LOGISTICS SUPPLY CHAIN: Partners in wine
From improved shipping routes to bonded warehousing, Gayle Sullivan considers how drinks companies are working with logistics firms to create value-adding efficiencies along the supply chain
Almost everyone working in the drinks industry has a vested interest in the supply chain and in getting the best logistics solution for themselves. The need to get the logistics right has resulted in the gradual evolution of suppliers from logistics providers to strategic partners, managing the complete process from end to end.
Industry-wide, companies are realising that they need specialist expertise, and logistics companies are determined to add value where possible to assist drinks companies and streamline the supply chain.
Buckinghamshire-based Geodis UK has extended its wine shipping product offering from its traditional European base to the international marketplace. With a strong supply chain heritage in the Old World, Geodis UK is making significant investment in developing new routes between the UK and South America, Australasia and South Africa. Working alongside the company’s global shipping partner, Rohde & Liesenfeld, which handles its third-party requirements in the New World, Geodis covers some 120 countries worldwide. But Geodis is by no means complacent in its bid for new business and the future is all about partnerships.
“As an organisation, we have built up a market-leading wealth of experience in the transportation of wines from Europe,” says Jamie Cuthbert, MD, Geodis UK. “We intend to use this expertise to create a service offering that befits the wider international marketplace. By working with a provider who fully understands a client’s business, strategic partnerships can be formed and efficiencies identified throughout the supply chain.”
KN Drinks Logistics – formed from the collaboration of Scottish & Newcastle UK and Kuehne & Nagel – has the reputation and the links to develop its focus on distributing beverages and striving to become a platform for all drinks suppliers and retailers in the UK. Commercial director Geoff Lippitt is clearly enthusiastic about progress so far and the company’s new contracts to come. “We deliver about six and a half million barrels of beer a year and over 70 million cases of product a year to the on- and off trade, to 30,000 outlets.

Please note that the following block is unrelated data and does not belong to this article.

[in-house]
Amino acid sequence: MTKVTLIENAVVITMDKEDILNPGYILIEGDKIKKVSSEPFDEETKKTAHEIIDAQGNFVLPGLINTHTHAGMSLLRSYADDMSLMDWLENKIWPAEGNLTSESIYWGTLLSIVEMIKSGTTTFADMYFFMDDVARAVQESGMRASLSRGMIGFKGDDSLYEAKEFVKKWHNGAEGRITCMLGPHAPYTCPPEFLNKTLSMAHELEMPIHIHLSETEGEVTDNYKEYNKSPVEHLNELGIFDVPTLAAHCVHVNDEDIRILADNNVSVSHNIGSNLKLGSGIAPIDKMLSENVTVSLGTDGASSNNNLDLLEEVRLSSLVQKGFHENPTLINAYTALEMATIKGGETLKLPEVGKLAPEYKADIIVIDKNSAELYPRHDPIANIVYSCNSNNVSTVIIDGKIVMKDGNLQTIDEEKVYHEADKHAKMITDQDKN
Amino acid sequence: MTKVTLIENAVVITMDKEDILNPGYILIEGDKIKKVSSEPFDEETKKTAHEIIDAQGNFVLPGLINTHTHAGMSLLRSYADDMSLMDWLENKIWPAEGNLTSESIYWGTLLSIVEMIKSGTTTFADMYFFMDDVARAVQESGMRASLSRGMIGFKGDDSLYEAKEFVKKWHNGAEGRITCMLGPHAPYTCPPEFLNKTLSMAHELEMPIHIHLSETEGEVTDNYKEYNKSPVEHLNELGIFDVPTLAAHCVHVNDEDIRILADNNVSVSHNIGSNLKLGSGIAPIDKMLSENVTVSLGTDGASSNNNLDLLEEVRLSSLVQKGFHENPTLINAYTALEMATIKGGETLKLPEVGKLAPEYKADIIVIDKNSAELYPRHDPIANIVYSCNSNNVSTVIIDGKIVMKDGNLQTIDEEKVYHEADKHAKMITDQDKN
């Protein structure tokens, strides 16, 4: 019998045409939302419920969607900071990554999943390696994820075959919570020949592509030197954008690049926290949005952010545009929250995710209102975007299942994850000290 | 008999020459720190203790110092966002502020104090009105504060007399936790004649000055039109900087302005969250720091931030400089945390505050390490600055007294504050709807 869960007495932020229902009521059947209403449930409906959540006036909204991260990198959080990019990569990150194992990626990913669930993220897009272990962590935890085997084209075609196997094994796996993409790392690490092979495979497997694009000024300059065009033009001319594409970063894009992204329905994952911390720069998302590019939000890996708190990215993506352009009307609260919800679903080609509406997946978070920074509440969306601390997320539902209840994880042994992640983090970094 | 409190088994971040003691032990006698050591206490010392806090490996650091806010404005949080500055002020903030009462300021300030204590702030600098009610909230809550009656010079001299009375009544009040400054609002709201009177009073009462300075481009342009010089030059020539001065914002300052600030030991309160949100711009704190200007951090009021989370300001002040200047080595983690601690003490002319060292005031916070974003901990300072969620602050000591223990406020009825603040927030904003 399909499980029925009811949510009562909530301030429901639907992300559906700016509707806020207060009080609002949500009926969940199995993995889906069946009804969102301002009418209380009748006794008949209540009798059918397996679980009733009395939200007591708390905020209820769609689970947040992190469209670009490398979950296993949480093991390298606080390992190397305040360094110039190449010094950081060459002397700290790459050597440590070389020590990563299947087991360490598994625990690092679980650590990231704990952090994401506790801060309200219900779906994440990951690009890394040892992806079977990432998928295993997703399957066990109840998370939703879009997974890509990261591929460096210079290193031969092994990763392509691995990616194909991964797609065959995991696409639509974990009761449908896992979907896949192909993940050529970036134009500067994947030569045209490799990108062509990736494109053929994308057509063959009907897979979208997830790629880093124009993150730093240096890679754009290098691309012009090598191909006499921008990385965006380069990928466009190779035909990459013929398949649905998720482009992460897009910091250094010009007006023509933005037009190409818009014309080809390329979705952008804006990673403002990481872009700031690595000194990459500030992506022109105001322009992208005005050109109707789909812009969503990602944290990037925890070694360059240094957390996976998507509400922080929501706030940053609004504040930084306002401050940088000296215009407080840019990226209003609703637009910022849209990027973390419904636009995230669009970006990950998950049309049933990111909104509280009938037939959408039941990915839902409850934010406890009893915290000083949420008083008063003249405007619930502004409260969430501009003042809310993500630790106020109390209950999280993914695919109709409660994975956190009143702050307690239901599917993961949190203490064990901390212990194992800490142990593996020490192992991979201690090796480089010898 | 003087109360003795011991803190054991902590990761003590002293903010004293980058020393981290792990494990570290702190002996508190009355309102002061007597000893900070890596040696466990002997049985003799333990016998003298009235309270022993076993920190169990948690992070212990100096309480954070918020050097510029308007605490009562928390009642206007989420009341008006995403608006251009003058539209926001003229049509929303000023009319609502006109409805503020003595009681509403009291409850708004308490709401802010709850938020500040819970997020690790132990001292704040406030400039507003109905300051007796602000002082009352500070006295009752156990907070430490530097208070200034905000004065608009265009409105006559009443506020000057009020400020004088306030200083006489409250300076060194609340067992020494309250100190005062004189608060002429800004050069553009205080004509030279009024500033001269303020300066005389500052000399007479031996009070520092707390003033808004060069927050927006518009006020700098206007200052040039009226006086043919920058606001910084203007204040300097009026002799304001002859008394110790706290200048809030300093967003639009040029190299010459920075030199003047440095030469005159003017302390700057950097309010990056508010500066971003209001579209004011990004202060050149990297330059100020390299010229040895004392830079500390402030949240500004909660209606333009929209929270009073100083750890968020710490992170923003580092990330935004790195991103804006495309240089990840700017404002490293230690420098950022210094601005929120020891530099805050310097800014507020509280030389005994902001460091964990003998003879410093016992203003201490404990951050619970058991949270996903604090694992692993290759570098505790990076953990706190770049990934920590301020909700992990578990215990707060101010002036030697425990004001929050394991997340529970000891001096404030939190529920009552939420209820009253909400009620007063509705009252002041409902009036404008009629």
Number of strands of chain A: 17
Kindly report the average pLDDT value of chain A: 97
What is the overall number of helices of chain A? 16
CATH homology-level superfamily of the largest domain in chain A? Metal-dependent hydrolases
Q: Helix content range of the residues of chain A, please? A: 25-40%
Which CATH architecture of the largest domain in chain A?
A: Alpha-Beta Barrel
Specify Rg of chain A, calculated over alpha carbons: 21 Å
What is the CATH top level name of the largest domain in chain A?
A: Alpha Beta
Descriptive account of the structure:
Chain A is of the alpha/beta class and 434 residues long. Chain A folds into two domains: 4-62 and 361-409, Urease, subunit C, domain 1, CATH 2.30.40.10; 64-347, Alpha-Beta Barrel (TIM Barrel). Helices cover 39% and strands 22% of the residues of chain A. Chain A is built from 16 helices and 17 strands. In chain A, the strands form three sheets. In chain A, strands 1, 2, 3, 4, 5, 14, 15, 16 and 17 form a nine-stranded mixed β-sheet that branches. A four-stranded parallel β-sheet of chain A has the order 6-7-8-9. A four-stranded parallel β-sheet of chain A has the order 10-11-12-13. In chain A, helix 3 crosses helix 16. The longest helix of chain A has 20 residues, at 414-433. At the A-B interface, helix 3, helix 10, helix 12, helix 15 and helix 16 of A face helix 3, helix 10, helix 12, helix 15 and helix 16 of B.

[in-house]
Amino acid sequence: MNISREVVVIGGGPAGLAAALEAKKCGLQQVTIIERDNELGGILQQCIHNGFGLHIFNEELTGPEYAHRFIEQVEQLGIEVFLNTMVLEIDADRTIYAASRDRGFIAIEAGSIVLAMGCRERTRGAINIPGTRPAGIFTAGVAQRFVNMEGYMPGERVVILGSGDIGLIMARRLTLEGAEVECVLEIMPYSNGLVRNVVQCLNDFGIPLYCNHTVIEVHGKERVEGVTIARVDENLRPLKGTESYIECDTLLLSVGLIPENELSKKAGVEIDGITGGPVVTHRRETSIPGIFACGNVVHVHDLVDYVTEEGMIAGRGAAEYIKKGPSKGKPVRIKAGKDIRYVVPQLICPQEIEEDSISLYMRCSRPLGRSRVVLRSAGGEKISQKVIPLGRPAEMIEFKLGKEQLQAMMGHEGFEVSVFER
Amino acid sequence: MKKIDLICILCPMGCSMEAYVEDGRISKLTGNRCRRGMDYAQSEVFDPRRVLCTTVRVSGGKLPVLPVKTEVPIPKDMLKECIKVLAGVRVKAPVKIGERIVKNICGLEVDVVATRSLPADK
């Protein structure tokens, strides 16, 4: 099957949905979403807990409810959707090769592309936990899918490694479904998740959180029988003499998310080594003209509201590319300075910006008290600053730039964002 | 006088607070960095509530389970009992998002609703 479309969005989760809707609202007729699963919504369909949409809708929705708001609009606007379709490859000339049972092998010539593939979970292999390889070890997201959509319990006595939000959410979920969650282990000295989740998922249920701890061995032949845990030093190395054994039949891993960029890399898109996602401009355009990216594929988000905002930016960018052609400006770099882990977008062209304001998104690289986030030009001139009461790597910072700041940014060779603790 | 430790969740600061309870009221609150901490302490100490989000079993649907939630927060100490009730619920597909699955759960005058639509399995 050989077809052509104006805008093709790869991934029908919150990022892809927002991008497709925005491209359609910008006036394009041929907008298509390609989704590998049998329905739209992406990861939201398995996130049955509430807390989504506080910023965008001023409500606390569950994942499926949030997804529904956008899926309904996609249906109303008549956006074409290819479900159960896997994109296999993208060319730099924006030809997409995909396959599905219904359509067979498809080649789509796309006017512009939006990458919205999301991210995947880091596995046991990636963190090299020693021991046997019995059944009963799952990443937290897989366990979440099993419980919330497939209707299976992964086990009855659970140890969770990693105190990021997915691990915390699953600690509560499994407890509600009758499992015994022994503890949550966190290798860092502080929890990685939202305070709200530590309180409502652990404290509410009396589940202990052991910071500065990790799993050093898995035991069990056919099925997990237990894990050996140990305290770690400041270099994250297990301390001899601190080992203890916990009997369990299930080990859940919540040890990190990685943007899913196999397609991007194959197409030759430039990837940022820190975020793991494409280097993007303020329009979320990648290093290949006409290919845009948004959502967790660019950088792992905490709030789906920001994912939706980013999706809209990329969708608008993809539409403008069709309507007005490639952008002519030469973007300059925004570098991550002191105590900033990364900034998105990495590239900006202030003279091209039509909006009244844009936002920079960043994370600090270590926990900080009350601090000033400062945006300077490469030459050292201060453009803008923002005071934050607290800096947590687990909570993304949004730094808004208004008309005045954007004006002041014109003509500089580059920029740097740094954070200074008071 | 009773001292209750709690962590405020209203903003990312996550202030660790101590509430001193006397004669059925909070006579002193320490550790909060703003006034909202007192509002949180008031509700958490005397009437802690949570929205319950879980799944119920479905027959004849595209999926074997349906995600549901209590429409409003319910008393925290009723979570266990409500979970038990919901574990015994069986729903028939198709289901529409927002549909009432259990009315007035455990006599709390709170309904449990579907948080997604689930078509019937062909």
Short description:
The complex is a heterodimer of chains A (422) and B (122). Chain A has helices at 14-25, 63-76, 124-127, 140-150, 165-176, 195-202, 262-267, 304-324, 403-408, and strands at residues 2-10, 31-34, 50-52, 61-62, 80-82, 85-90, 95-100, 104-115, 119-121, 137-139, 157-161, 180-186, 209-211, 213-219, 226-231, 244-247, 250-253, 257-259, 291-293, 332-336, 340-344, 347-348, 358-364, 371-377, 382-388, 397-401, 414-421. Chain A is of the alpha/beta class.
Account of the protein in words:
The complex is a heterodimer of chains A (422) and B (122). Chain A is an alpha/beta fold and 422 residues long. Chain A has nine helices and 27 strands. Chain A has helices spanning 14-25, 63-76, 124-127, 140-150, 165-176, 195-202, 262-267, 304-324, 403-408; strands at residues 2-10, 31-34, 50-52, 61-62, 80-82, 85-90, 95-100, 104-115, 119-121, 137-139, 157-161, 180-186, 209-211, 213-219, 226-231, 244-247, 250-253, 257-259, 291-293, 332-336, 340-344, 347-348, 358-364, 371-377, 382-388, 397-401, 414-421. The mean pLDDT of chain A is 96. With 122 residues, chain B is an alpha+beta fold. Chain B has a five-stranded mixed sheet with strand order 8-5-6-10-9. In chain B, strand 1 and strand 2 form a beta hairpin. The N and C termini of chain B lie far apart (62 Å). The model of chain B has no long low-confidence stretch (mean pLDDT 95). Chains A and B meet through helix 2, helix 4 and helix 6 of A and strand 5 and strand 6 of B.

“We have just won new business with Anheuser-Busch and we are also finalising an on-trade and full service vending contract with Britvic. Our key focus for last year was to ensure we delivered Christmas peak for the trade and make sure we got the new company bedded in. The business wins have followed as a result of a strong company performance following the transition period.”
Collaborative partnerships are also a key focus for David Mawer, joint managing director of FFG Hillebrand, who believes that improved supply chains come as a result of a total synergy and collaboration between suppliers who can be based hundreds or even thousands of miles away.
“Together with their major clients, JF Hillebrand has developed systems and processes that have facilitated an unprecedented level of collaboration and partnership between customers, JF Hillebrand, suppliers and importers,” explains Mawer. The company’s order management tool, Axis, has undergone extensive development over recent years and provides all parties with complete supply chain visibility and access to powerful supply chain management tools.
Improved Electronic Data Interchange (EDI) has helped data quality and communication between all parties in the supply chain. This helps to speed up and standardise the shipment cycle, leading to better customer service and efficiency.
“All divisions of JF Hillebrand work closely with customers and suppliers to provide advice on all aspects of the supply chain, from container packing and shipment to customs clearance and stock control,” continues Mawer. Furthermore, the company has established JF Hillebrand Supply Chain Management to provide customers with 4PL services, responsibility for ordering stock, reducing inventory, maintaining safety stock and guaranteeing service to stores.
FFG Hillebrand has also taken steps to develop new initiatives to reduce carbon emissions. Developments include a new initiative in cooperation with a major UK retailer to reduce road miles by utilising the Manchester Ship Canal and working with the ports of Liverpool and Bristol. “The use of regional ports has enabled us to further reduce our reliance on road transport,” says Mawer.
Hungary provides another example of FFG Hillebrand’s commitment to environmentally friendly transport solutions. Mawer explains: “Hungary is an emerging market with great potential and, although Hungarian wines have long been available in the UK, growers in this region have previously suffered from limited transport options to the UK market. Until now, the only option for export from Hungary was by an overland trailer service.”
With this in mind, FFG Hillebrand has developed a brand new, environmentally-friendly container service from Hungary, using rail transport to move s from across Hungary to continental ports and onward movement by sea to the UK. This service is cost-effective compared to using roads, and is significantly better environmentally.
Independent traders are constantly battling the advantages that economies of scale give to importers with larger volumes. However, the specialist Porter & Laker division of FFG Hillebrand can give smaller traders access to the same economies of scale for the transportation of their products.